The back-up quarterback is often the most popular player on a football team. For Nebraska in 2019, however, that was true of the third-string signal-caller.
With Adrian Martinez’s play falling off from his freshman year and the team struggling as a whole, fans’ fascination turned to the shiny new freshman: Luke McCaffrey.
The speedy quarterback out of Colorado dazzled in his brief stretches of play, appearing in four games while maintaining his redshirt. He completed nine of his 12 passes for 142 yards and two touchdowns and ran the ball 24 times for 166 yards and another score. He also caught one pass for 12 yards while playing a few snaps of wide receiver.
A quarterback battle was one of the big storylines that a lot of fans were looking forward to hearing about this spring. That obviously won’t happen now, but I’m not convinced it would have happened even if we got spring ball. McCaffrey certainly would have gotten plenty of reps to show the coaches what he could do, but Martinez is going to be Nebraska’s starting quarterback again next season.
As good as McCaffrey looked last season, the sample size is incredibly small. I went back and watched all of his snaps to get a better feel for what McCaffrey is as a quarterback at this point in his development.
McCaffrey played just 51 snaps of quarterback last season. He handed the ball off 14 times and pitched it away twice. He ran the ball himself 24 times with a combination of designed quarterback runs, option plays, zone reads and quarterback scrambles.
Of his 12 passes, one came on a reverse while he was playing wide receiver. I’m tossing that out. So that leaves us with just 11 pass attempts as a quarterback. Let’s run through each one.
McCaffrey made his debut against Northwestern when Noah Vedral’s helmet popped off, but he was one the field for just one snap and it was a designed quarterback run. Probably not the ideal way to burn one of his four games, but that’s how it played out.
He saw his most extensive playing time against the Hoosiers in late October. He completed five of his six passes for 71 yards and a touchdown and ran the ball 12 times for 76 yards.
He checked in for the first time after Vedral got banged up. His first snap was a run and his second was a hand-off to the running back before Nebraska punted.
Nebraska got the ball back at its own 26-yard line with just under 2 minutes to play and Nebraska trailing 16-14. With the time running down, McCaffrey had to run a two-minute offense, and he did it quite well.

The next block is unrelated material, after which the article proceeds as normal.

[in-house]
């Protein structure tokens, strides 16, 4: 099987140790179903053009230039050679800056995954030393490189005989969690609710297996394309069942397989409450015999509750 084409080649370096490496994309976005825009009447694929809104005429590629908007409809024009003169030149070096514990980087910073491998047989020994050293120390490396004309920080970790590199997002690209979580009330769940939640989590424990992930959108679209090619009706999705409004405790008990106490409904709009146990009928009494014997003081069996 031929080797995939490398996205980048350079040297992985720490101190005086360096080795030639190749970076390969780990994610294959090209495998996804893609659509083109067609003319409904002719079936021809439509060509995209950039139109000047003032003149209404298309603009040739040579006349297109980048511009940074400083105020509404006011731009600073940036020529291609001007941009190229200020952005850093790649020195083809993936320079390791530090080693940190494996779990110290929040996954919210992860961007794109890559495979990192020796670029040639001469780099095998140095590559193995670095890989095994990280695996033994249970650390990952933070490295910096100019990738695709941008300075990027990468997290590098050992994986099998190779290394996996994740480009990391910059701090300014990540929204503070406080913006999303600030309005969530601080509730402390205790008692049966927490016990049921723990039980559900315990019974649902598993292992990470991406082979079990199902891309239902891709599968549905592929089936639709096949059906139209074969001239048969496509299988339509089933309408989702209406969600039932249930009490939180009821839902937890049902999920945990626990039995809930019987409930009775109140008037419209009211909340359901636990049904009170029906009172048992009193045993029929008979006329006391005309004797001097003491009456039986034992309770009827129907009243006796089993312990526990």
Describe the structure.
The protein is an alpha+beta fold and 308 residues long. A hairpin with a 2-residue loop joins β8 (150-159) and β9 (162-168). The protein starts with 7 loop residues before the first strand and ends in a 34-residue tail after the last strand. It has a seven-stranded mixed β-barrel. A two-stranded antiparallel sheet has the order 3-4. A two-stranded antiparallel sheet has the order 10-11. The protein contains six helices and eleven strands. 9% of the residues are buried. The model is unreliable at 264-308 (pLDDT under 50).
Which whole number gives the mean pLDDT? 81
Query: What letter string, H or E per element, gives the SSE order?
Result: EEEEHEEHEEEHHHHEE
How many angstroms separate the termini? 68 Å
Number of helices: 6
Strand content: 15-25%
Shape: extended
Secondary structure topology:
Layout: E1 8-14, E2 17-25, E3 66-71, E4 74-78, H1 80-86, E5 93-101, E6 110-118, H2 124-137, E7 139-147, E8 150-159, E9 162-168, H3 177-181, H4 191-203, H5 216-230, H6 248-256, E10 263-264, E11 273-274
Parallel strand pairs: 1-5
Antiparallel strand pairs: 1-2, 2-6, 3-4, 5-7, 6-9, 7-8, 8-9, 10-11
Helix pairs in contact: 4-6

McCaffrey kept the ball himself on a read on first down and picked up 12 yards. Nebraska hurried up to the line and Scott Frost gave McCaffrey a pretty simple throw—a screen pass.
McCaffrey took the snap, faked the hand-off to Wan’Dale Robinson and dropped back. Robinson hid behind the offensive line and started angling for the sideline as a Hoosier pass-rusher started to close in on McCaffrey. Off his back-foot with a bit of pressure in his face, McCaffrey put the ball on the money to a wide open Robinson in space.
Nebraska blocked the play well and Robinson picked up 22 yards on a pass that traveled 8 or 9 yards through the air. It was a simple play that Nebraska executed well, McCaffrey included.
After three straight runs (two by Robinson, one by McCaffrey), Nebraska had a first-and-10 from the 24-yard line with about 45 seconds to play. McCaffrey sent JD Spielman on a jet motion from right to left before the snap, and then McCaffrey rolled out to his right. Nebraska still had two receivers to the right with Kanawai Noa inside. On the snap, the receivers crossed each other down the field and Noa angled to the sideline.
On the run and with no one around him, McCaffrey threw the ball.
The route concept confused the Indiana defense and left Noa with a good 5 or 6 yards of separation.
The pass was a tad bit high and Noa had to twist his body to complete it, but after a brief bobble he secured the ball and got his foot down before falling out of bounds, giving McCaffrey his first career touchdown pass.
Again, McCaffrey did his job and capped off an impressive 73-second, 76-yard touchdown drive with a good––but not terribly contested or complicated––throw.
McCaffrey’s third drive consisted of three straight runs and a punt.
On the following drive, Nebraska ran it seven straight times to open things up. The eighth play was a pass.
McCaffrey took the snap and faked a hand-off to the running back. He didn’t see anyone open initially but felt pressure and stepped up in the pocket before looking to take off himself. However, just as he was about to cross the line of scrimmage he saw Kade Warner open up the left sideline. McCaffrey tried the get the ball out but he got hit as he threw it and the ball bounced at Warner’s feet.
It was a broken play that McCaffrey tried to make the most of, and it just didn’t work out.
Nebraska went back to McCaffrey on the next play, dialing up another screen pass. After faking the hand-off to Robinson, McCaffrey had to side-step a rusher who was knocked off balance and diving forward at him before getting the ball out and completing the pass. Robinson picked up 8 yards to move the chains.
Frost made a smart call and once again McCaffrey executed it. The drive stalled at the 1-yard line, however, and Nebraska settled for a field goal.
McCaffrey’s penulimate drive came at the start of the fourth quarter with Nebraska trailing by a touchdown, and it was a short one.
After a run on first down, McCaffrey motioned Robinson out to his right, leaving an empty backfield. It appears as if Robinson was McCaffrey’s first read after the snap, but he apparently saw something he didn’t like with the blocking set up or the defensive numbers as he didn’t pull the trigger.